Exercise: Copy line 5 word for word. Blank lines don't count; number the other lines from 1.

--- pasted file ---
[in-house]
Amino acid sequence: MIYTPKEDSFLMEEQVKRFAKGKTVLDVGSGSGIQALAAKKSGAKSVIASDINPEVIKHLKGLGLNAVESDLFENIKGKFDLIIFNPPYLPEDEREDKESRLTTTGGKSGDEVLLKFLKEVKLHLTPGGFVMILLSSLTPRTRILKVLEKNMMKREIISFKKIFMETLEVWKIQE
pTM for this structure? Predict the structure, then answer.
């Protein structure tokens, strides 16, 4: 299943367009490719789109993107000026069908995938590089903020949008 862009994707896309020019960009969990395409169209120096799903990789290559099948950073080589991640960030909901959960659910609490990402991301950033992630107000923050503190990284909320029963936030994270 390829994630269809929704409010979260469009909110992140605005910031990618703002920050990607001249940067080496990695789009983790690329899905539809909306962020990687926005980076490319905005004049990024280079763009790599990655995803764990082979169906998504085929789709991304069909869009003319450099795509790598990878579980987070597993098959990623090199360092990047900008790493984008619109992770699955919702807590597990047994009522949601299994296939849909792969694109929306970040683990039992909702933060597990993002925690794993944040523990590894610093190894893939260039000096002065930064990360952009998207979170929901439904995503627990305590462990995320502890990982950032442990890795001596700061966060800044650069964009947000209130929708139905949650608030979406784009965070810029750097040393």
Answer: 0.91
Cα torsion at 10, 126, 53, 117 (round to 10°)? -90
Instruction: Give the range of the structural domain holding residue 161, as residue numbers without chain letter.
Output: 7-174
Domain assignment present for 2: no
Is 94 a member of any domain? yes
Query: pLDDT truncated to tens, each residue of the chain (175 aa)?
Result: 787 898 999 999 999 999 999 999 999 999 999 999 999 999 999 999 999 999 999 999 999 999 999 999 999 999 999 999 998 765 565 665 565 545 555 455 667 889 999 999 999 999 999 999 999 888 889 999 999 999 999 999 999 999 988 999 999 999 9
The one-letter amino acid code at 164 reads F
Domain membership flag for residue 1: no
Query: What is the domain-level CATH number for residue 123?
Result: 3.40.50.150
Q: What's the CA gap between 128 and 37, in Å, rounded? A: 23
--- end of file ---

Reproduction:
Answer: 0.91